Updated: Mar 7, 2022
Filmmaker Sara Dosa's fourth directorial outing, Fire of Love, is lively and visceral. The film follows Maurice and Katia Krafft, two French volcanologists who pioneered the media and artistic outreach of the field through the 1970s and ’80s. While its premise may initially come across as just another nature documentary, what “Fire of Love” really boils down to is a love story: the love between two young academics eager to explore the world, and the love between those scientists and their dangerous field of study – volcanoes.
The film begins by spoiling itself – Maurice and Katia will die on June 3, 1991, as they investigate their final volcano. While I usually find fault with films that do this, I think Fire of Love uses the spoiler to its advantage. It gets the viewer invested in the lives of these two people despite knowing their eventual fate. From there, we see the pair meet and form an incredibly strong bond around their love of nature’s most dangerous beauty.
Maurice and Katia’s relationship is real and powerful. They aren’t perfect – Katia worries for Maurice, who often forgets his own mortality in pursuit of the best shot. And that’s really where this film shows its greatest strength: the visuals. Dosa relies entirely on archival footage, with either the couple in interviews or Maurice’s video camera, with which he became a documentarian in his own right. The couple’s main goal in creating their videos was to show people how volcanoes ought to be respected, but they have the added benefit of showing just how close the couple came to the belly of the beast.
In the end, the Kraffts end up seeking out one volcano too many. In an effort to survey whether one will erupt and put a region of people in danger, they venture too close and are killed by the crashing cloud of volcanic ash. All that remains of their escapade are a camera and a watch, stopped at the time of their death, side by side. After years of spreading awareness via film and pictures, their work saved many lives when their warnings were heeded by those in charge.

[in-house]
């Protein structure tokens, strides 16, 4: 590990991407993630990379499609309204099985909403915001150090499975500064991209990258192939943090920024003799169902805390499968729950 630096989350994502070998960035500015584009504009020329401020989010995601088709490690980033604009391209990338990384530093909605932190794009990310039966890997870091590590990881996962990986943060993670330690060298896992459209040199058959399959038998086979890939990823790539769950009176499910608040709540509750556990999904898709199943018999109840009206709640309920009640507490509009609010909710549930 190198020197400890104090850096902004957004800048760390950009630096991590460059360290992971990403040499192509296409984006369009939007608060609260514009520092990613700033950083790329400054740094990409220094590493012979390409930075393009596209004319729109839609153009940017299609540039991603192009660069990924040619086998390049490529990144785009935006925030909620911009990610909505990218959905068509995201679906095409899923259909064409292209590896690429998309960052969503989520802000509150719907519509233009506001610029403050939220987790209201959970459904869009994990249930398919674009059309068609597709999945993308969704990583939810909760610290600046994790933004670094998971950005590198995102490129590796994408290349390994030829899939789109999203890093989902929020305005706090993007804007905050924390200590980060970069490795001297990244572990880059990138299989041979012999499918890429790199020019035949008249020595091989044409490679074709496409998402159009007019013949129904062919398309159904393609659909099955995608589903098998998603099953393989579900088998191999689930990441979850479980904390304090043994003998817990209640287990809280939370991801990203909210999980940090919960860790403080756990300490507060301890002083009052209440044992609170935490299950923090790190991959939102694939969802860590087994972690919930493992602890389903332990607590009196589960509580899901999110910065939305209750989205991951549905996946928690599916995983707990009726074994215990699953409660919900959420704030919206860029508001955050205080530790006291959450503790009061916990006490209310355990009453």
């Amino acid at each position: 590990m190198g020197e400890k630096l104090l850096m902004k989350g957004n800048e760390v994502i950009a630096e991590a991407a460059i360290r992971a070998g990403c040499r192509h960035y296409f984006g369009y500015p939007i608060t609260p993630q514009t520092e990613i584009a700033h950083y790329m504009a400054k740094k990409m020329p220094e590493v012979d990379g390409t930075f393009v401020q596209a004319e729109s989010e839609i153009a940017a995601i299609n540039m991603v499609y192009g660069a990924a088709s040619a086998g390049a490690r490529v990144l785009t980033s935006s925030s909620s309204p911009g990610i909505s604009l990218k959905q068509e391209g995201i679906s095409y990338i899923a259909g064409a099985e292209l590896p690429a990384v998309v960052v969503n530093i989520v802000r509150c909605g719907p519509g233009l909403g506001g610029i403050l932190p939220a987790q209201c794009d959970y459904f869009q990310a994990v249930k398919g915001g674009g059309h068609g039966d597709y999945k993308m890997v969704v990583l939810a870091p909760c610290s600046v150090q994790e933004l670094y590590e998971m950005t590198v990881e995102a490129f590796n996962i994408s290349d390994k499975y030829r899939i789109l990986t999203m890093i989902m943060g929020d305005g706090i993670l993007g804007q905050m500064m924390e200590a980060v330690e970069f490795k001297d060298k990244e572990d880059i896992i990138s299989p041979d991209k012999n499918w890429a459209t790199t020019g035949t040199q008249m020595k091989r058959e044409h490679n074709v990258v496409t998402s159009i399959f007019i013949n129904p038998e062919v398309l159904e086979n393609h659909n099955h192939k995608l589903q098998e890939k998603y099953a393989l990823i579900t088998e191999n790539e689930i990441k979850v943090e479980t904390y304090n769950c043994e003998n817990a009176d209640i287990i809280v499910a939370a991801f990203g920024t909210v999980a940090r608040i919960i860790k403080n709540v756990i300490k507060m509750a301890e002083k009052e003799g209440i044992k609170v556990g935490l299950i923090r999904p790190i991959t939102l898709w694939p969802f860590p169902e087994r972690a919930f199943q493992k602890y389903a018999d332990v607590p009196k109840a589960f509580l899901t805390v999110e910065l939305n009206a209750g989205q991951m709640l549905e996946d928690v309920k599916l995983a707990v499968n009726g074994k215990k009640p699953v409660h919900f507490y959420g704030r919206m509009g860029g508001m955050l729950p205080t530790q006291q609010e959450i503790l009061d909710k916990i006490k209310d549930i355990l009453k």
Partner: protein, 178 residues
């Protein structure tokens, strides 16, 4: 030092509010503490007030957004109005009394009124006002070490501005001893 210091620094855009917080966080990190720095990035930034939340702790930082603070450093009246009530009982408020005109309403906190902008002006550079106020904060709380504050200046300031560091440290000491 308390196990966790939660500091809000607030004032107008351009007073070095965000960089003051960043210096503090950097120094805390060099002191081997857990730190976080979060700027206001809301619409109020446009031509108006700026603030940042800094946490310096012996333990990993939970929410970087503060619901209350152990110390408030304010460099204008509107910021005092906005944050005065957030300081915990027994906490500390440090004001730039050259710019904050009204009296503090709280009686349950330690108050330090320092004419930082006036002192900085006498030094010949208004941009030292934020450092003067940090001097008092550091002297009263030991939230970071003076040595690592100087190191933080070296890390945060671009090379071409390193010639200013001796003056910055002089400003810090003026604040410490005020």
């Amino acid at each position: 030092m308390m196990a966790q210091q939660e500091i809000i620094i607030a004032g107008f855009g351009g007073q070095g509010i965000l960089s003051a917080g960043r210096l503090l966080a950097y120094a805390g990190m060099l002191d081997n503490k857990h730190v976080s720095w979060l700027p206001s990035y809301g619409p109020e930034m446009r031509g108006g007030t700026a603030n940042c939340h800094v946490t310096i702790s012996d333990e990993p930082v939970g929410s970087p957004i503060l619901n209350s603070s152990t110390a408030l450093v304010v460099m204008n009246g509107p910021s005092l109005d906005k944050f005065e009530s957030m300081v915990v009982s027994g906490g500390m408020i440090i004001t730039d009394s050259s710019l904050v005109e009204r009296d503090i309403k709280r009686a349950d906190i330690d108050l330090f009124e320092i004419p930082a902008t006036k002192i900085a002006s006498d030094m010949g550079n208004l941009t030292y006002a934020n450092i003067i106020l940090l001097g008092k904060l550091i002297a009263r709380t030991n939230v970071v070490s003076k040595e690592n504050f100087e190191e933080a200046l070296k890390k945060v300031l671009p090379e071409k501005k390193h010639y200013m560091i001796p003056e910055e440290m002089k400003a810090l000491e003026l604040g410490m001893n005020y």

Fire of Love is wrought with emotion. Maurice and Katia are extremely charismatic on screen, relating to the audience like the warm couple we all know, except for the fact that these friendly folks chase active volcanoes. Every scene builds up our connection to them, until it crescendos beautifully in the final scenes with their untimely and tragic deaths.
The film’s narrative strength is emotion, but it is even more readily aided by the visuals. Maurice was no professional filmmaker, but over the years, developed a talent for finding the most interesting images to capture. Dosa does a great job of editing together these classic nature documentary shots with narration and engaging animations to weave a powerful visual narrative, evocative of the French New Wave, which I’m sure was no mistake.
If I were to nitpick at all, some of the music choices can seem cheesy. I know that I've heard one of the songs on either the Discovery Channel or a Ford Commercial. That's a common trend of nature documentaries, though, and it doesn't take anything away from the remarkable story at the core. All in all, Fire of Love is incredibly powerful. If you enjoy documentaries, love stories, or beautiful imagery, I encourage you to check it out.